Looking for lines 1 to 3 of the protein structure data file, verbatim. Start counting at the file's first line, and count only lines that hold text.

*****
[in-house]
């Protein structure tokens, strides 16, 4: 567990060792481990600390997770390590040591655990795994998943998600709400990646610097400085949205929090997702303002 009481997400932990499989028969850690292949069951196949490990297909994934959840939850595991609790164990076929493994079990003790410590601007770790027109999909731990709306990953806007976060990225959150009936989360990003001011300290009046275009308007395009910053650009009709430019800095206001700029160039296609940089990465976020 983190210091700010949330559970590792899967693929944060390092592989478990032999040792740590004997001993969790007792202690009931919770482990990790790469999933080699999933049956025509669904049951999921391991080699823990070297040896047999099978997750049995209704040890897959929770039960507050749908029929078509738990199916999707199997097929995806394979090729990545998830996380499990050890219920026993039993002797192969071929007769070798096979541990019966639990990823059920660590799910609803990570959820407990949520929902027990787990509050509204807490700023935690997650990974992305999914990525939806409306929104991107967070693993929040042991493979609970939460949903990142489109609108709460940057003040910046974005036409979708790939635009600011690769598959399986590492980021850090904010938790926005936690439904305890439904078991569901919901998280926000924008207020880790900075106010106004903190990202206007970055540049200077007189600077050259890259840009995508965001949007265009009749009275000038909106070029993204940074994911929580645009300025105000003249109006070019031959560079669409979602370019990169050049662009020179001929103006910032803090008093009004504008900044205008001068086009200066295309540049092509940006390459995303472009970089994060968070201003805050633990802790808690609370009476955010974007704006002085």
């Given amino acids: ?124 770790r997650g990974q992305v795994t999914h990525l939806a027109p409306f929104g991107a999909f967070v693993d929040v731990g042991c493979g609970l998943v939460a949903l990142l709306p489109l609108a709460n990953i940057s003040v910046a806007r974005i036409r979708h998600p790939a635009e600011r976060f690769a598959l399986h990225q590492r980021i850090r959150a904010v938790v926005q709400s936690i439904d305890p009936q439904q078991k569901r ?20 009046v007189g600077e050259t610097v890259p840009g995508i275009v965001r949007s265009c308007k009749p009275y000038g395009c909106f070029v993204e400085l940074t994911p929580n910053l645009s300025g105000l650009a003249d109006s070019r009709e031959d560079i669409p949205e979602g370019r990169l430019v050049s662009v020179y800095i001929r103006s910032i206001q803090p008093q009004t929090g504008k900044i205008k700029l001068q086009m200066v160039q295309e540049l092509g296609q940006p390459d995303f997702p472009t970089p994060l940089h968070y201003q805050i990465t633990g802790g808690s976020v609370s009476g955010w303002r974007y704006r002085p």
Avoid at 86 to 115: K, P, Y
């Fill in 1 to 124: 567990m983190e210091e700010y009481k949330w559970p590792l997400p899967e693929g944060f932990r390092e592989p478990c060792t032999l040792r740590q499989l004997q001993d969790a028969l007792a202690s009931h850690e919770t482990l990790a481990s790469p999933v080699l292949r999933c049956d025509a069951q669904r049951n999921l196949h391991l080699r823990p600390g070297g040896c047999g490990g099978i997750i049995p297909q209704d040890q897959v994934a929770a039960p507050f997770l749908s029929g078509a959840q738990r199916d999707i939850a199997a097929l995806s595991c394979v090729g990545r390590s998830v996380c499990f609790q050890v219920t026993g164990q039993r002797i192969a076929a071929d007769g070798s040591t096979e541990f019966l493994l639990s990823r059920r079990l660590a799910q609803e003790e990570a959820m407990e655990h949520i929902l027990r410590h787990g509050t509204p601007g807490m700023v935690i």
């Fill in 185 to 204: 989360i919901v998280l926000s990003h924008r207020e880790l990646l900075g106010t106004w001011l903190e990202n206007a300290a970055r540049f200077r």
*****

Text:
[in-house]
């Protein structure tokens, strides 16, 4: 567990060792481990600390997770390590040591655990795994998943998600709400990646610097400085949205929090997702303002 009481997400932990499989028969850690292949069951196949490990297909994934959840939850595991609790164990076929493994079990003790410590601007770790027109999909731990709306990953806007976060990225959150009936989360990003001011300290009046275009308007395009910053650009009709430019800095206001700029160039296609940089990465976020 983190210091700010949330559970590792899967693929944060390092592989478990032999040792740590004997001993969790007792202690009931919770482990990790790469999933080699999933049956025509669904049951999921391991080699823990070297040896047999099978997750049995209704040890897959929770039960507050749908029929078509738990199916999707199997097929995806394979090729990545998830996380499990050890219920026993039993002797192969071929007769070798096979541990019966639990990823059920660590799910609803990570959820407990949520929902027990787990509050509204807490700023935690997650990974992305999914990525939806409306929104991107967070693993929040042991493979609970939460949903990142489109609108709460940057003040910046974005036409979708790939635009600011690769598959399986590492980021850090904010938790926005936690439904305890439904078991569901919901998280926000924008207020880790900075106010106004903190990202206007970055540049200077007189600077050259890259840009995508965001949007265009009749009275000038909106070029993204940074994911929580645009300025105000003249109006070019031959560079669409979602370019990169050049662009020179001929103006910032803090008093009004504008900044205008001068086009200066295309540049092509940006390459995303472009970089994060968070201003805050633990802790808690609370009476955010974007704006002085």
């Given amino acids: ?124 770790r997650g990974q992305v795994t999914h990525l939806a027109p409306f929104g991107a999909f967070v693993d929040v731990g042991c493979g609970l998943v939460a949903l990142l709306p489109l609108a709460n990953i940057s003040v910046a806007r974005i036409r979708h998600p790939a635009e600011r976060f690769a598959l399986h990225q590492r980021i850090r959150a904010v938790v926005q709400s936690i439904d305890p009936q439904q078991k569901r ?20 009046v007189g600077e050259t610097v890259p840009g995508i275009v965001r949007s265009c308007k009749p009275y000038g395009c909106f070029v993204e400085l940074t994911p929580n910053l645009s300025g105000l650009a003249d109006s070019r009709e031959d560079i669409p949205e979602g370019r990169l430019v050049s662009v020179y800095i001929r103006s910032i206001q803090p008093q009004t929090g504008k900044i205008k700029l001068q086009m200066v160039q295309e540049l092509g296609q940006p390459d995303f997702p472009t970089p994060l940089h968070y201003q805050i990465t633990g802790g808690s976020v609370s009476g955010w303002r974007y704006r002085p």